By no means is this the endpoint of the data science journey. The pattern is under regular revision and improvement and is provided as-is. To try out this pattern please download the provided R Markdown and Jupyter Notebook files. We welcome feedback on this pattern, and you are welcome to comment and contribute at the GitHub repository linked below.
Fang Zhou (GitHub): Data Science Design Pattern for Educational Analytics
- In case you missed it: December 2016 roundupRead more »
In case you missed them, here are some articles from December of particular interest to R users.
Power BI now has a gallery of custom visualizations built with R.
Chicago's Department of Public Health uses R to prioritize health inspections at restaurants.
A beautiful map of Switzerland municipalities combined with a relief map of the mountains, created with R.
Using the Azure Interface Tool to parallelize the problem of optimizing an R model across the hyperparameter space.
Animating Voronoi tesselations in R to create a greeting card.
The new AzureSMR package lets you manage Azure virtual machines, clusters and storage from R.
Interactive decision trees in Microsoft R Server.
The ompr package provides numerical optimization with mixed integer programming.
Predicting flu deaths in China with R.
Using the circlize package and Microsoft R Server's Spark interface to visualize millions of taxi trips.
The State of Indiana uses R to forecast employment.
"One Page R" is a free, multi-chapter tutorial on data science topics using R.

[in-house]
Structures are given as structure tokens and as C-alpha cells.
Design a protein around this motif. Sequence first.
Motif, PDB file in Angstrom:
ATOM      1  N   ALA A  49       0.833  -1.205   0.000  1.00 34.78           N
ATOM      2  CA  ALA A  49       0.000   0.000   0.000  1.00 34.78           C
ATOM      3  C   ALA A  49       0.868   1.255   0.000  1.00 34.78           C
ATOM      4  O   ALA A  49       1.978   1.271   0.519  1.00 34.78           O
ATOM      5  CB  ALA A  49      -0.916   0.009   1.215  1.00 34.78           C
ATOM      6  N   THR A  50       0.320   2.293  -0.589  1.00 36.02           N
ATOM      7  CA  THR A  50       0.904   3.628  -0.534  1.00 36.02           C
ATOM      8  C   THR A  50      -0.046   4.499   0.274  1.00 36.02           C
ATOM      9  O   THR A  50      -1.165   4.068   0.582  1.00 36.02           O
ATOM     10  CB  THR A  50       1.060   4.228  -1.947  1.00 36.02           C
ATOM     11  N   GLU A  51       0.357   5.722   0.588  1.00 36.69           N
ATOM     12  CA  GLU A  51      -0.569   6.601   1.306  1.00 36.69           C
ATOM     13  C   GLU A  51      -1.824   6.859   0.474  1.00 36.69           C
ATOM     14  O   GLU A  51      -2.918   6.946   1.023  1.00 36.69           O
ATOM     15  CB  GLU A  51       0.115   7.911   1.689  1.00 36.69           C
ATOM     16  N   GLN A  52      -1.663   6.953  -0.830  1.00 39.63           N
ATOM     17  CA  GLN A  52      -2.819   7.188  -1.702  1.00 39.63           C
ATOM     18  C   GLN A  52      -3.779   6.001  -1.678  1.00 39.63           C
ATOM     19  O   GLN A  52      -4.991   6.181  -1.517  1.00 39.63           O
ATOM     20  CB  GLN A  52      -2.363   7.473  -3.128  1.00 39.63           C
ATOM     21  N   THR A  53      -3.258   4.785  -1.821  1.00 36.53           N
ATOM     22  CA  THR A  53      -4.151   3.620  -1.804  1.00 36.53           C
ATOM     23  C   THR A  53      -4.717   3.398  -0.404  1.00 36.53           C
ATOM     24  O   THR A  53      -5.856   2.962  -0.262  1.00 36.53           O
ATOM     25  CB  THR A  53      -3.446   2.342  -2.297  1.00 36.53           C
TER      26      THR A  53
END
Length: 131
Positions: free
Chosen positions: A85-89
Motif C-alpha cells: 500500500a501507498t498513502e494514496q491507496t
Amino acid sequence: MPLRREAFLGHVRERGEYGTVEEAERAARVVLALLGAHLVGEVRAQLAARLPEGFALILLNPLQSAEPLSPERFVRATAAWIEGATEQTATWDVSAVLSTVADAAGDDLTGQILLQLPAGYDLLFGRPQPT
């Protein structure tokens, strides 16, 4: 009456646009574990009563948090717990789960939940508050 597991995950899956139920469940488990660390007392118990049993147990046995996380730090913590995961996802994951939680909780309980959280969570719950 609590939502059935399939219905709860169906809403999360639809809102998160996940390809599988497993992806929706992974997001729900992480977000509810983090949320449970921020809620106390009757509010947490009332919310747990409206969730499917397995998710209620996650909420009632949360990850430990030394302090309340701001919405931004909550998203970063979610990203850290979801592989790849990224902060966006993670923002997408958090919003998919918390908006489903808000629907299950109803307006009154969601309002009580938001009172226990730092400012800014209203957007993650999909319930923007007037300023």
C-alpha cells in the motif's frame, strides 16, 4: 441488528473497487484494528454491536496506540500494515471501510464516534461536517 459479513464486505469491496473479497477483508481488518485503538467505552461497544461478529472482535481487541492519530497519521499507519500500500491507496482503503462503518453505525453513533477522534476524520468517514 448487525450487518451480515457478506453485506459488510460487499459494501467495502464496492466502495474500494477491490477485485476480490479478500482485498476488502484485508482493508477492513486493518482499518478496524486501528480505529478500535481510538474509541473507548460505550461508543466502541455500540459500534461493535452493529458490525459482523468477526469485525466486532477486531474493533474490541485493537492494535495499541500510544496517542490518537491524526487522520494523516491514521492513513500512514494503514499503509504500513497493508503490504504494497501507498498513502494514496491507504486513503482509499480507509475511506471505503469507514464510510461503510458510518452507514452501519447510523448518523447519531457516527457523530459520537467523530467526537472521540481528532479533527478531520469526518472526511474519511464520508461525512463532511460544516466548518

The Deputy Chief Economist at Freddie Mac used R to animate the different rates of housing price increases around the
I gave a talk about the value of ecosystems to open source projects, using R as an example.
A summary of some recent projects funded by the R Consortium.
Microsoft R Server 9.0, featuring R 3.3.2 and support for Spark 2.0, is now available.
The dplyrXdf package has been updated with new features for managing XDF data sets in Microsoft R.
A stylometric analysis of the speeches of the Prime Minister of Pakistan.
Using R and the d3heatmap package to visualize the emotional journey of characters in "War and Peace".
General interest stories (not related to R) in the past month included: the horrors of 2016, a Machinima Christmas carol, freezing bubbles, a dark comic strip, and a virtual flight along the US-Mexico border.
As always, thanks for the comments and please send any suggestions to me at [email protected]. Don't forget you can follow the blog using an RSS reader, via email using blogtrottr, or by following me on Twitter (I'm @revodavid). You can find roundups of previous months here.